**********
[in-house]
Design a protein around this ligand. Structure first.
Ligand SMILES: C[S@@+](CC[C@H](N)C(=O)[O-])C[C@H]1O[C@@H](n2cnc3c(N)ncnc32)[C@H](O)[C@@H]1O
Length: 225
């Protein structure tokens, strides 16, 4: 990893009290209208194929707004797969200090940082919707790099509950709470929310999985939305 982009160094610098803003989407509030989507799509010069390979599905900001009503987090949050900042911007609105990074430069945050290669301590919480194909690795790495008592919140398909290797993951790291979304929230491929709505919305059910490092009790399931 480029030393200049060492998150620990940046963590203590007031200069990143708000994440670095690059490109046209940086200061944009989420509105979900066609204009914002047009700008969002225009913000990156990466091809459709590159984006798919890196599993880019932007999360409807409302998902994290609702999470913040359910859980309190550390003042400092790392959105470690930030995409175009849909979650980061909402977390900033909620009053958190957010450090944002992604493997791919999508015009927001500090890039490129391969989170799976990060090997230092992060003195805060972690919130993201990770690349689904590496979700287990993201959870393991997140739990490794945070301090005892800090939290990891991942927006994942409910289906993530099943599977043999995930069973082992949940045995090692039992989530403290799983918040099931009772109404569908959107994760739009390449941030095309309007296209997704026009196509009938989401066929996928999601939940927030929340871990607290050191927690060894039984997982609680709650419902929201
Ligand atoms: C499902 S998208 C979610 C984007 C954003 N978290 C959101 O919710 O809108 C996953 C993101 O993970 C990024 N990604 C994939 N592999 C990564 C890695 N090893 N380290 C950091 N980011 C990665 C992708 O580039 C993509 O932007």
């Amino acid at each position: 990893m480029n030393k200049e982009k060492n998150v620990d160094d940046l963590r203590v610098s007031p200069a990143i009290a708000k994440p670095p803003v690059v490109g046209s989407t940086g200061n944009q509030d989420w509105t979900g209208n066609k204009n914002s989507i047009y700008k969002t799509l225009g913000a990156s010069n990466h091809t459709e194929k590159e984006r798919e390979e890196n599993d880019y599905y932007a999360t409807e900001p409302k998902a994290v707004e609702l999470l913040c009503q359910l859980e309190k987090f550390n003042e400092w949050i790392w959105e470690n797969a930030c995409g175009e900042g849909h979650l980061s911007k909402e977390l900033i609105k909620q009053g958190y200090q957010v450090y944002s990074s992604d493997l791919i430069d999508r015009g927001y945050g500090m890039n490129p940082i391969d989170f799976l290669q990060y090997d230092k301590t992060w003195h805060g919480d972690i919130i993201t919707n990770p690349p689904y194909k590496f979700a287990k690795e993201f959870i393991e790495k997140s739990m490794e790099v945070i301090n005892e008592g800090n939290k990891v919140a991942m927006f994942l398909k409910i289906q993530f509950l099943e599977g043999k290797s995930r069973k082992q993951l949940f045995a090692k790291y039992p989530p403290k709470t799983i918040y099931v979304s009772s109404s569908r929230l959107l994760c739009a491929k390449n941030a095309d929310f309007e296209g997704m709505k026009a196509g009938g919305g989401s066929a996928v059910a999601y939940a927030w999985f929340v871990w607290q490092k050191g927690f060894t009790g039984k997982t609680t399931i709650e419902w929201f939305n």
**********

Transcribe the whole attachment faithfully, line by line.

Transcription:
[in-house]
Design a protein around this ligand. Structure first.
Ligand SMILES: C[S@@+](CC[C@H](N)C(=O)[O-])C[C@H]1O[C@@H](n2cnc3c(N)ncnc32)[C@H](O)[C@@H]1O
Length: 225
């Protein structure tokens, strides 16, 4: 990893009290209208194929707004797969200090940082919707790099509950709470929310999985939305 982009160094610098803003989407509030989507799509010069390979599905900001009503987090949050900042911007609105990074430069945050290669301590919480194909690795790495008592919140398909290797993951790291979304929230491929709505919305059910490092009790399931 480029030393200049060492998150620990940046963590203590007031200069990143708000994440670095690059490109046209940086200061944009989420509105979900066609204009914002047009700008969002225009913000990156990466091809459709590159984006798919890196599993880019932007999360409807409302998902994290609702999470913040359910859980309190550390003042400092790392959105470690930030995409175009849909979650980061909402977390900033909620009053958190957010450090944002992604493997791919999508015009927001500090890039490129391969989170799976990060090997230092992060003195805060972690919130993201990770690349689904590496979700287990993201959870393991997140739990490794945070301090005892800090939290990891991942927006994942409910289906993530099943599977043999995930069973082992949940045995090692039992989530403290799983918040099931009772109404569908959107994760739009390449941030095309309007296209997704026009196509009938989401066929996928999601939940927030929340871990607290050191927690060894039984997982609680709650419902929201
Ligand atoms: C499902 S998208 C979610 C984007 C954003 N978290 C959101 O919710 O809108 C996953 C993101 O993970 C990024 N990604 C994939 N592999 C990564 C890695 N090893 N380290 C950091 N980011 C990665 C992708 O580039 C993509 O932007």
């Amino acid at each position: 990893m480029n030393k200049e982009k060492n998150v620990d160094d940046l963590r203590v610098s007031p200069a990143i009290a708000k994440p670095p803003v690059v490109g046209s989407t940086g200061n944009q509030d989420w509105t979900g209208n066609k204009n914002s989507i047009y700008k969002t799509l225009g913000a990156s010069n990466h091809t459709e194929k590159e984006r798919e390979e890196n599993d880019y599905y932007a999360t409807e900001p409302k998902a994290v707004e609702l999470l913040c009503q359910l859980e309190k987090f550390n003042e400092w949050i790392w959105e470690n797969a930030c995409g175009e900042g849909h979650l980061s911007k909402e977390l900033i609105k909620q009053g958190y200090q957010v450090y944002s990074s992604d493997l791919i430069d999508r015009g927001y945050g500090m890039n490129p940082i391969d989170f799976l290669q990060y090997d230092k301590t992060w003195h805060g919480d972690i919130i993201t919707n990770p690349p689904y194909k590496f979700a287990k690795e993201f959870i393991e790495k997140s739990m490794e790099v945070i301090n005892e008592g800090n939290k990891v919140a991942m927006f994942l398909k409910i289906q993530f509950l099943e599977g043999k290797s995930r069973k082992q993951l949940f045995a090692k790291y039992p989530p403290k709470t799983i918040y099931v979304s009772s109404s569908r929230l959107l994760c739009a491929k390449n941030a095309d929310f309007e296209g997704m709505k026009a196509g009938g919305g989401s066929a996928v059910a999601y939940a927030w999985f929340v871990w607290q490092k050191g927690f060894t009790g039984k997982t609680t399931i709650e419902w929201f939305n």